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The Wentworth Scene That Went Too Far

Thanks to the first several seasons streaming on Netflix, gritty Australian TV drama "Wentworth" has built up a cult international audience for the series' powerful depiction of life in a women's prison. The 2013 show has been compared to fellow prison drama "Orange Is The New Black," especially for how it slowly becomes a rich ensemble series, but TV Guide argued that "'Wentworth' doesn't just veer into dark territory every once in a while; it resides there" (via BBC).

The series' first episodes focus on abused wife Bea Smith (Danielle Cormack) after she's arrested for trying to murder her husband Harry (Jake Ryan). The later seasons then shift to focus more on the prison staff and other inmates. "Wentworth" only recently concluded in 2021 after eight (or nine, as the last season is split into two parts) seasons of bloody violence, drug trafficking, corruption, and personal vendettas. However, only one scene from the 100 "Wentworth" episodes produced could be described as going overboard in presenting the difficulty of prison life.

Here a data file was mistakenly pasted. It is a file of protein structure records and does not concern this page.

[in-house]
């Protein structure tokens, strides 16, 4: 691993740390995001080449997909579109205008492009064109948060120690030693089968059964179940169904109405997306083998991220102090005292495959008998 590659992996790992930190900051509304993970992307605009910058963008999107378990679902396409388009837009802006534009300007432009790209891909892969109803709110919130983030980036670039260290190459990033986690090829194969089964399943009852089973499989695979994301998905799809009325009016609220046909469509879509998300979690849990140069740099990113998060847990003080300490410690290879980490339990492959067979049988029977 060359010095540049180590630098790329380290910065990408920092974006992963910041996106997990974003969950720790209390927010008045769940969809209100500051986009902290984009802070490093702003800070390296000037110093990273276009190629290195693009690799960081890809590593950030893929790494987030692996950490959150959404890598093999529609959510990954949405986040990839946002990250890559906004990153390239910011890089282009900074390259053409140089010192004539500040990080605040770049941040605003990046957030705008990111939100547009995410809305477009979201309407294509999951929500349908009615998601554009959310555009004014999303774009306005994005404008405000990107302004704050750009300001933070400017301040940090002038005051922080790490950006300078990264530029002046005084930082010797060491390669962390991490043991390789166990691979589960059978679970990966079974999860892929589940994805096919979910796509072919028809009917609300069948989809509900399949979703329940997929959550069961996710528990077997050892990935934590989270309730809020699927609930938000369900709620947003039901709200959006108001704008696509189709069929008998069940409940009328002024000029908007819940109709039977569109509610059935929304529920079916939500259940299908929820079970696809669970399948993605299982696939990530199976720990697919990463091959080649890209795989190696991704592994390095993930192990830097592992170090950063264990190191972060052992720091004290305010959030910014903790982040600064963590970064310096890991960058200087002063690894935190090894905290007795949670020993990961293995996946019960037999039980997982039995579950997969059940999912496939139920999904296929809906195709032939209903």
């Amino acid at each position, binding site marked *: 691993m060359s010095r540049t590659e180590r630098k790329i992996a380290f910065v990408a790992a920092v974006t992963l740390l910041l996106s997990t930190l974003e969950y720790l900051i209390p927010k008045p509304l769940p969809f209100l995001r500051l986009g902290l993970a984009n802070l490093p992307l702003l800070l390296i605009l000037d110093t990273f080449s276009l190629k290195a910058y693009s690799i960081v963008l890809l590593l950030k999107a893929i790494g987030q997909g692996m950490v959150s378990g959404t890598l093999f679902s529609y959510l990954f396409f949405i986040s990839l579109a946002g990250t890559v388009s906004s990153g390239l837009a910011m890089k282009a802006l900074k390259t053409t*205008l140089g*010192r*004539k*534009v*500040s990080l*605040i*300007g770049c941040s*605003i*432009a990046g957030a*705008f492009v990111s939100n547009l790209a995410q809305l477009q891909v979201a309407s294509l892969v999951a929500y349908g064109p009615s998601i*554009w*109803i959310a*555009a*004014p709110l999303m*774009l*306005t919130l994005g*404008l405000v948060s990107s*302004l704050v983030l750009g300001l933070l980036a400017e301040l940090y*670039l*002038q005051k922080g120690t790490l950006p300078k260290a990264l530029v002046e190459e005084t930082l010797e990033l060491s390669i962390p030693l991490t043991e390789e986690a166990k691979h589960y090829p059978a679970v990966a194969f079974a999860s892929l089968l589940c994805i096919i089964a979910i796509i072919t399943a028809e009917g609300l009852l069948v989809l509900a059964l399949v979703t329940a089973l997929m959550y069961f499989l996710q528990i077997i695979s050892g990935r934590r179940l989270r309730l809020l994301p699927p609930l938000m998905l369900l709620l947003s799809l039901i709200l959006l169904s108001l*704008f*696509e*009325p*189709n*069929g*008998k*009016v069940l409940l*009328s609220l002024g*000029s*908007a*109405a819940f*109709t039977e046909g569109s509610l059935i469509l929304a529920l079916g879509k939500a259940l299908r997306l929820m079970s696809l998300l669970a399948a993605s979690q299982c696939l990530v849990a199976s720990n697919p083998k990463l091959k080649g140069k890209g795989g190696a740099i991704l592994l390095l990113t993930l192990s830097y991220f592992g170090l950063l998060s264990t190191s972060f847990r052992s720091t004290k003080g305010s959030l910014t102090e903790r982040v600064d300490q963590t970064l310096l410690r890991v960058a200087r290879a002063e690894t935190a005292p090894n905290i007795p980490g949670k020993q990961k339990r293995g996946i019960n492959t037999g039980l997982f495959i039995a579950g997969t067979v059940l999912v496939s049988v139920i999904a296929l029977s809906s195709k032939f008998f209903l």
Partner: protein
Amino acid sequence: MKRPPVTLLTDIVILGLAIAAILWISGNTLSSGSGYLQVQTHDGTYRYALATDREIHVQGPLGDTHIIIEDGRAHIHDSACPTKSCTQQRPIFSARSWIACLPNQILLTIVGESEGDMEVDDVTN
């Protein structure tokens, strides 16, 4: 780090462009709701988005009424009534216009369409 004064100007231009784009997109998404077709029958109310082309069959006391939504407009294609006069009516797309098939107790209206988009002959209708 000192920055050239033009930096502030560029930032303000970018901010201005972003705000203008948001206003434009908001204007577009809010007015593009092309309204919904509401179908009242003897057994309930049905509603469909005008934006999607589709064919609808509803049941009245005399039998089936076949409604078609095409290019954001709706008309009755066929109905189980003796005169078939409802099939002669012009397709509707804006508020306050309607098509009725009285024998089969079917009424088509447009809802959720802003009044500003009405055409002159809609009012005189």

Joan's assault wasn't necessary

After her downfall from governor of Wentworth Prison to becoming a member of the general inmate population, Joan "The Freak" Ferguson (Pamela Rabe) gets attacked in an early Season 4 episode of "Wentworth." In "Prisoners," Joan is sexually assaulted in the shower by Lucy "Juice" Gambaro (Sally-Anne Upton) and her gang. Other prisoners are so disgusted by what happens that Joan's even offered protection afterward, and this event is made even worse by the fact that the episode reveals through flashbacks how Joan has been assaulted in the past as well.

The scene could plausibly happen in a harsh prison environment, yet it's so explicit and gratuitous that it feels exploitative, unlike other dark and violent scenes in the gates of "Wentworth." In one thread on the show's subreddit, u/MoonRiver974 writes, "I can't shake the feeling [the scene was] done just for shock value." At this point in the story, viewers already know how badly Joan's schemes will blow up in her face, so there isn't a real reason for the sequence except to surprise the audience. It's a cheap reason to include a rape scene in a television series, and the writers arguably should have known better.

If you or anyone you know has been a victim of sexual assault, help is available. Visit the Rape, Abuse & Incest National Network website or contact RAINN's National Helpline at 1-800-656-HOPE (4673).